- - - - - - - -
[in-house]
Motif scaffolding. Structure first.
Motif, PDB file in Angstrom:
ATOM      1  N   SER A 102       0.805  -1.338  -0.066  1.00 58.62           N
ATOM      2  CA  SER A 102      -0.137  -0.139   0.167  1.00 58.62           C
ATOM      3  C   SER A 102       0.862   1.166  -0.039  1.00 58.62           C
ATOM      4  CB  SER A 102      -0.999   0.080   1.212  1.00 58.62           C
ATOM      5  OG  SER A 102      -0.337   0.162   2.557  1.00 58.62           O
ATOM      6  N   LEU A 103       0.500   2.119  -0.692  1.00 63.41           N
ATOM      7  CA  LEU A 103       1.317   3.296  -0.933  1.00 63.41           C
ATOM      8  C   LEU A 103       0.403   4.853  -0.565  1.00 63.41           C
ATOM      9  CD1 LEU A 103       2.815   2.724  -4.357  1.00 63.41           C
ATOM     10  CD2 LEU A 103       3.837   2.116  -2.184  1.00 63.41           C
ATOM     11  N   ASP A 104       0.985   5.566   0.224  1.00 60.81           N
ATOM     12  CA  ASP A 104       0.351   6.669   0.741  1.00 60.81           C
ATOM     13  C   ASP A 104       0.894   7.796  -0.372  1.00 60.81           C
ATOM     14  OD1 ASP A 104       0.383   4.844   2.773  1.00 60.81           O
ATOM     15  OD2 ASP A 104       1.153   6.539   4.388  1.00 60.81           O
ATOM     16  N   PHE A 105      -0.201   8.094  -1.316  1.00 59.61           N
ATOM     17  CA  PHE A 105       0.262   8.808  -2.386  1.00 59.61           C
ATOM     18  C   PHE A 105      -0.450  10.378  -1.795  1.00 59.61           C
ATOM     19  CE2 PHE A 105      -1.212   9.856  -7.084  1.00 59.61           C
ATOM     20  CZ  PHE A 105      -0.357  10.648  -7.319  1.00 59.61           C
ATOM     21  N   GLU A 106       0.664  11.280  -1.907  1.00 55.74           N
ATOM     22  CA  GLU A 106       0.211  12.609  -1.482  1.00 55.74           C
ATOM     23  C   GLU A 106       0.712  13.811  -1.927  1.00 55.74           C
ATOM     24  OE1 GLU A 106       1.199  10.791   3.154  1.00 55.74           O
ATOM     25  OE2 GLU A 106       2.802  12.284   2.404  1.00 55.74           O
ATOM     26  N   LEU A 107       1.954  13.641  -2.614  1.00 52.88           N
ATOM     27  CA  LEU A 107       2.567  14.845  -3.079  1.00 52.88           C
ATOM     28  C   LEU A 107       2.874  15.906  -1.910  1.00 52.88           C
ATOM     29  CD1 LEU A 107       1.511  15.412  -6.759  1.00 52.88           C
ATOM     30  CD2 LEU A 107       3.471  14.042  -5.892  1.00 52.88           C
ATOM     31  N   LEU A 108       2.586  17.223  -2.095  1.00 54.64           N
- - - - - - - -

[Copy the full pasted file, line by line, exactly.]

[in-house]
Motif scaffolding. Structure first.
Motif, PDB file in Angstrom:
ATOM      1  N   SER A 102       0.805  -1.338  -0.066  1.00 58.62           N
ATOM      2  CA  SER A 102      -0.137  -0.139   0.167  1.00 58.62           C
ATOM      3  C   SER A 102       0.862   1.166  -0.039  1.00 58.62           C
ATOM      4  CB  SER A 102      -0.999   0.080   1.212  1.00 58.62           C
ATOM      5  OG  SER A 102      -0.337   0.162   2.557  1.00 58.62           O
ATOM      6  N   LEU A 103       0.500   2.119  -0.692  1.00 63.41           N
ATOM      7  CA  LEU A 103       1.317   3.296  -0.933  1.00 63.41           C
ATOM      8  C   LEU A 103       0.403   4.853  -0.565  1.00 63.41           C
ATOM      9  CD1 LEU A 103       2.815   2.724  -4.357  1.00 63.41           C
ATOM     10  CD2 LEU A 103       3.837   2.116  -2.184  1.00 63.41           C
ATOM     11  N   ASP A 104       0.985   5.566   0.224  1.00 60.81           N
ATOM     12  CA  ASP A 104       0.351   6.669   0.741  1.00 60.81           C
ATOM     13  C   ASP A 104       0.894   7.796  -0.372  1.00 60.81           C
ATOM     14  OD1 ASP A 104       0.383   4.844   2.773  1.00 60.81           O
ATOM     15  OD2 ASP A 104       1.153   6.539   4.388  1.00 60.81           O
ATOM     16  N   PHE A 105      -0.201   8.094  -1.316  1.00 59.61           N
ATOM     17  CA  PHE A 105       0.262   8.808  -2.386  1.00 59.61           C
ATOM     18  C   PHE A 105      -0.450  10.378  -1.795  1.00 59.61           C
ATOM     19  CE2 PHE A 105      -1.212   9.856  -7.084  1.00 59.61           C
ATOM     20  CZ  PHE A 105      -0.357  10.648  -7.319  1.00 59.61           C
ATOM     21  N   GLU A 106       0.664  11.280  -1.907  1.00 55.74           N
ATOM     22  CA  GLU A 106       0.211  12.609  -1.482  1.00 55.74           C
ATOM     23  C   GLU A 106       0.712  13.811  -1.927  1.00 55.74           C
ATOM     24  OE1 GLU A 106       1.199  10.791   3.154  1.00 55.74           O
ATOM     25  OE2 GLU A 106       2.802  12.284   2.404  1.00 55.74           O
ATOM     26  N   LEU A 107       1.954  13.641  -2.614  1.00 52.88           N
ATOM     27  CA  LEU A 107       2.567  14.845  -3.079  1.00 52.88           C
ATOM     28  C   LEU A 107       2.874  15.906  -1.910  1.00 52.88           C
ATOM     29  CD1 LEU A 107       1.511  15.412  -6.759  1.00 52.88           C
ATOM     30  CD2 LEU A 107       3.471  14.042  -5.892  1.00 52.88           C
ATOM     31  N   LEU A 108       2.586  17.223  -2.095  1.00 54.64           N